Most cen­tral and east­ern Euro­pean coun­tries, how­ever, ob­ject. Hun­gar­ian Prime Min­is­ter Vik­tor Or­bán has de­vel­oped a fierce anti-Mus­lim rhetoric. His Slo­vak coun­ter­part, Robert Fico, an­nounced in July that his coun­try would ac­cept only Chris­tian refugees. Ear­lier this month, Czech Pres­i­dent Milo? Ze­man ad­dressed a group called the Bloc Against Is­lam, telling its supporters that they were “not ex­trem­ists.” And Poland’s new Euro­pean af­fairs min­is­ter, Kon­rad Szy­man­ski, did not wait 24 hours af­ter the Paris at­tacks be­fore us­ing them to de­nounce Europe’s flaws.

This is not a dis­agree­ment over poli­cies. It is a di­vide over prin­ci­ples – the very prin­ci­ples of the EU’s treaties and Char­ter of Fun­da­men­tal Rights. In Ger­many, es­pe­cially, any per­son per­se­cuted on po­lit­i­cal grounds has a con­sti­tu­tional right to asy­lum. Con­trary to com­mon mis­per­cep­tions, Ger­man Chan­cel­lor An­gela Merkel acted on the ba­sis of moral val­ues, not de­mo­graphic self-in­ter­est, in let­ting in about one mil­lion refugees this year.

Ger­many rarely expects sol­i­dar­ity from its Euro­pean part­ners. At the height of the mi­grant cri­sis, it hoped, for once, to re­ceive some. The pub­lic, cat­e­gor­i­cal re­jec­tion of Ger­many’s silent plea by coun­tries that con­tinue to ben­e­fit mas­sively from Euro­pean sol­i­dar­ity will not be eas­ily for­got­ten.

The third fault line lies be­tween France and Ger­many. Since the Novem­ber 13 at­tacks in Paris, se­cu­rity has be­come the over­rid­ing French ob­jec­tive. Mean­while, Ger­many is fo­cused on or­gan­is­ing the re­cep­tion and set­tle­ment of a mas­sive in­flux of refugees.

This di­vide is more cir­cum­stan­tial than es­sen­tial. Ter­ror­ism may spread to Ger­many, and refugees may move across bor­ders. Yet, at least for the time be­ing, pub­lic con­cerns and gov­ern­ment pri­or­i­ties dif­fer.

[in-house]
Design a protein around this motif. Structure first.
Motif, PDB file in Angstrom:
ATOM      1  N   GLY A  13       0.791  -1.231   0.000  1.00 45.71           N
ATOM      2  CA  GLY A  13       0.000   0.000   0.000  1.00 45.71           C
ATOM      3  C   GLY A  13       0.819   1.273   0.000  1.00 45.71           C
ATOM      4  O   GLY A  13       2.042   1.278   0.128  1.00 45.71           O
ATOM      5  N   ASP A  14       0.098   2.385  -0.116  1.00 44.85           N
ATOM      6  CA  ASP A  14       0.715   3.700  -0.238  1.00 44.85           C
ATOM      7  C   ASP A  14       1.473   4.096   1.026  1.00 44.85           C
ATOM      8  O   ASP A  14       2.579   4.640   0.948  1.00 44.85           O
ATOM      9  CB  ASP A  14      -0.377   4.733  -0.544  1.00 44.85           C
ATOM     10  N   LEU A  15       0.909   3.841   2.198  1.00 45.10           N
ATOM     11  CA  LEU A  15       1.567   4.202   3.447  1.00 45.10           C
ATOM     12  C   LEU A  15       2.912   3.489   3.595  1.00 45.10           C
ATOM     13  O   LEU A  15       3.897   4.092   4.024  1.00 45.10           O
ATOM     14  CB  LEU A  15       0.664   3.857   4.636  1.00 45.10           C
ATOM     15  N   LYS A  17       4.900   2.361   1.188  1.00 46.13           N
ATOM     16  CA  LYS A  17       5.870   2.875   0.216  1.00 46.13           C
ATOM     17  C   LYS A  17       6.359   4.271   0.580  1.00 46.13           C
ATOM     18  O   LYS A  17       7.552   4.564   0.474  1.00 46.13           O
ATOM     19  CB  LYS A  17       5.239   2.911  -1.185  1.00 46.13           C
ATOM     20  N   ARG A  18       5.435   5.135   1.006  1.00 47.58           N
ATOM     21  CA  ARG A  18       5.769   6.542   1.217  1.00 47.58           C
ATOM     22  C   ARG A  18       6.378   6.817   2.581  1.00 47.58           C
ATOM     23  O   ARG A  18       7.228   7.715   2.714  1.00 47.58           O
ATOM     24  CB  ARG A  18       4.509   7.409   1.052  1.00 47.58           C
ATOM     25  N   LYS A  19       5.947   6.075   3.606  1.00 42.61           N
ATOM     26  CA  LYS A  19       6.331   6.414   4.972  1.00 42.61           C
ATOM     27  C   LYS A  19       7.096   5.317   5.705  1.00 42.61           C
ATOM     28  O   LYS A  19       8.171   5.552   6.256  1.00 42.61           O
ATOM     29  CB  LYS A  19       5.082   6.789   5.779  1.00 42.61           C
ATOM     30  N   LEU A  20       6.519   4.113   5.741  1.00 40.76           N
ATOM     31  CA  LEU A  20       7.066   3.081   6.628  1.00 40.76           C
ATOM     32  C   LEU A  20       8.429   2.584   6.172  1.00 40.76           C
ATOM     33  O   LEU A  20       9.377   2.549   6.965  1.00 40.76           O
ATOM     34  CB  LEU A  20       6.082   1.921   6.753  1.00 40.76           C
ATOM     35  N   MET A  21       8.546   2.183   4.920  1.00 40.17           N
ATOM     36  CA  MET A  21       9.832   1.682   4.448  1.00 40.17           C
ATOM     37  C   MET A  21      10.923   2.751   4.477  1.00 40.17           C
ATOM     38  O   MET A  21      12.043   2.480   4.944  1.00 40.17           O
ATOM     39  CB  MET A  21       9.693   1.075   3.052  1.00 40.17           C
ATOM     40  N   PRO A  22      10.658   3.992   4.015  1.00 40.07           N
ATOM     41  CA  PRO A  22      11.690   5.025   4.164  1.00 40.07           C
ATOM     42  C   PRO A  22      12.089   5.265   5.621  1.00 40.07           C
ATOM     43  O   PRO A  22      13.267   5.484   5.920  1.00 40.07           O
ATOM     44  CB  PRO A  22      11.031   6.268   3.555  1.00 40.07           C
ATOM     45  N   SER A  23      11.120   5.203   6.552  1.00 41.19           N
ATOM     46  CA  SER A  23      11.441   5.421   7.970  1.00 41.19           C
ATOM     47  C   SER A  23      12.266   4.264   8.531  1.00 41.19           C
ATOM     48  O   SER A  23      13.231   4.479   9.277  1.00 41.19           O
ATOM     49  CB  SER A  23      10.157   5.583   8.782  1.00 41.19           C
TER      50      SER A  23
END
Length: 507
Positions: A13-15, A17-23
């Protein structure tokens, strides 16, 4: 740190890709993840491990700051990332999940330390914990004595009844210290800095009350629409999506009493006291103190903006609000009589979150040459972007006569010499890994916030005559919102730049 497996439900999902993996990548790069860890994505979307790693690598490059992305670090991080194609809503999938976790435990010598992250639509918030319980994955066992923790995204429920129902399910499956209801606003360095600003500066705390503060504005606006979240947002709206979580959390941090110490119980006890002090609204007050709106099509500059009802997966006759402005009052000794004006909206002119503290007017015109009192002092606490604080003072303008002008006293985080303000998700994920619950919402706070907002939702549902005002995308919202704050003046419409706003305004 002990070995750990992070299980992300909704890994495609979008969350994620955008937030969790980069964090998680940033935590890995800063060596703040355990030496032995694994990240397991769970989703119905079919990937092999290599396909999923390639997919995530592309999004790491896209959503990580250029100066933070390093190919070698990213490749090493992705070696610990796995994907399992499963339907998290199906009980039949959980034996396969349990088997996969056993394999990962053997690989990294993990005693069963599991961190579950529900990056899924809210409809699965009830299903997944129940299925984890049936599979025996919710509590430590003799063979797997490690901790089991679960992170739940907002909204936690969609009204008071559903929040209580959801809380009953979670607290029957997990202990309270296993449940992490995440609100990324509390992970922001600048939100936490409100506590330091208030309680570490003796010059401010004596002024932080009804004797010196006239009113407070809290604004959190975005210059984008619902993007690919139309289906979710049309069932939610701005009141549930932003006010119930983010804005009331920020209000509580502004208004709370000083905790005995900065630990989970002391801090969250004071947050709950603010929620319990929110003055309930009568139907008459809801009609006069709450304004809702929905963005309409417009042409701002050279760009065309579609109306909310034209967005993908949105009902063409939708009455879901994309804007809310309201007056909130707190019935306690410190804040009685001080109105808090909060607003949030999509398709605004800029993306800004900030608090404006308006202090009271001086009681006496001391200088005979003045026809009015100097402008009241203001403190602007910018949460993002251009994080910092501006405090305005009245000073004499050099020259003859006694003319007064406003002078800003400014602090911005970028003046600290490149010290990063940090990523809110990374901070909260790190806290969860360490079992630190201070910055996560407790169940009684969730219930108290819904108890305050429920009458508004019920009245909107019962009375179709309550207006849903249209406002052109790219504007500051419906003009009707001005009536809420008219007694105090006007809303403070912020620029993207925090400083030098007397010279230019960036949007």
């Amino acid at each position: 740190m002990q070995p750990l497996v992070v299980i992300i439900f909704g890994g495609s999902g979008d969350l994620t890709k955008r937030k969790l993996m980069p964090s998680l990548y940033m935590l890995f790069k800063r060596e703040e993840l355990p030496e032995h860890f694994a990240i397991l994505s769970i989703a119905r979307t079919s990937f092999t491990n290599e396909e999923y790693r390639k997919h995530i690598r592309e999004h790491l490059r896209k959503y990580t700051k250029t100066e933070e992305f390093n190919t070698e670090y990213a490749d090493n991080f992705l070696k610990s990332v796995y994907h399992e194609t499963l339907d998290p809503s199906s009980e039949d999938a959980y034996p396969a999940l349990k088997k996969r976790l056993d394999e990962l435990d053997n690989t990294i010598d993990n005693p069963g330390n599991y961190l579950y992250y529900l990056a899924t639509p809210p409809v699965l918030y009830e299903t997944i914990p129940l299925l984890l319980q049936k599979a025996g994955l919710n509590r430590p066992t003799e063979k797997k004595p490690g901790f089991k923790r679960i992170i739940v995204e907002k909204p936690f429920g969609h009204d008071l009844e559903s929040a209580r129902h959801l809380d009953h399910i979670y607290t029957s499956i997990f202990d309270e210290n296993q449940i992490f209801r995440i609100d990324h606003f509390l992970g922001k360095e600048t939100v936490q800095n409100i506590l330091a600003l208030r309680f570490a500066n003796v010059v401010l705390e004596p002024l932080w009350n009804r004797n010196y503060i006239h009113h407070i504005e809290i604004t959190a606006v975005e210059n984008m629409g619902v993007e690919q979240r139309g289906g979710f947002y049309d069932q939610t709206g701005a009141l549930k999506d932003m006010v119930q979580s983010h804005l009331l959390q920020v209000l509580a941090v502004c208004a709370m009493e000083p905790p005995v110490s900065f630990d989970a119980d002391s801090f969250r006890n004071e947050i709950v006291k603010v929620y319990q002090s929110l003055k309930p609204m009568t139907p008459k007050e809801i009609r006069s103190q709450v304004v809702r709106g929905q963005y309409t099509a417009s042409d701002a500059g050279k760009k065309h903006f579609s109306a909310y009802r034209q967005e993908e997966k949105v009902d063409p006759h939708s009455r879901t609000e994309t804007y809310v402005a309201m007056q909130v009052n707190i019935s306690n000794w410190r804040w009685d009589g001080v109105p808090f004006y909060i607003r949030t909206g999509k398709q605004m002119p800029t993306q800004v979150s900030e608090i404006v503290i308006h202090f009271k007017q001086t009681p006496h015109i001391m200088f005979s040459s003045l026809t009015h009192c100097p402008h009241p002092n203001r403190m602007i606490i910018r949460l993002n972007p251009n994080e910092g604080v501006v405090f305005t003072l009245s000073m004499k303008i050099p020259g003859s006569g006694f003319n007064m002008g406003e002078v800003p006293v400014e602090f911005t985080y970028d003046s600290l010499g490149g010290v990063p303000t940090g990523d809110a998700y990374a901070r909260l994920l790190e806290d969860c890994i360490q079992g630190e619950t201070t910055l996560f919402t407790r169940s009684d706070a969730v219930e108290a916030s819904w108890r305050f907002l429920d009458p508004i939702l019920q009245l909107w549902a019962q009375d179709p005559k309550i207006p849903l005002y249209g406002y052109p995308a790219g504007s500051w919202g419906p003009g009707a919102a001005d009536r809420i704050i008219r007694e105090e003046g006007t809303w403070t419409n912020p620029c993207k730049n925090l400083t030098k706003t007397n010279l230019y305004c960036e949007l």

Both Merkel and French Pres­i­dent François Hol­lande have ex­pressed a com­mit­ment to mu­tual sup­port. France will wel­come some refugees, and Ger­many will dis­patch some troops to Mali. But sym­bolic ges­tures are not enough. The risk re­mains that each coun­try feels that it has been left alone at a crit­i­cal junc­ture.

More am­bi­tious ini­tia­tives have been pro­posed. Sig­mar Gabriel and Em­manuel Macron, the Ger­man and French econ­omy min­is­ters, re­cently called for a com­mon fund to ad­dress Europe’s refugee and se­cu­rity chal­lenges and to fi­nance joint poli­cies. The fund would serve as a con­crete risk-shar­ing mech­a­nism and would be a mod­est, yet mean­ing­ful step to­ward over­com­ing the dead­lock over EU ini­tia­tives, if not to­ward mu­tu­al­is­ing de­fense and se­cu­rity, as some schol­ars rec­om­mend.

What­ever form it takes, greater bold­ness is clearly needed. Oth­er­wise, the fail­ure to ad­dress com­mon risks and chal­lenges may well re­sult in cit­i­zens plac­ing ex­clu­sive faith in the na­tion-state, re­ject­ing sol­i­dar­ity, and call­ing for the per­ma­nent restora­tion of na­tional bor­ders.

It is no accident that the EU’s three fault lines have ap­peared at the very mo­ment when it is con­fronted with un­prece­dented chal­lenges. Ex­ter­nal pres­sures re­veal in­ter­nal weak­nesses. Europe can ei­ther over­come them or suc­cumb to them. The EU’s twin refugee and se­cu­rity crises con­sti­tute its mo­ment of truth.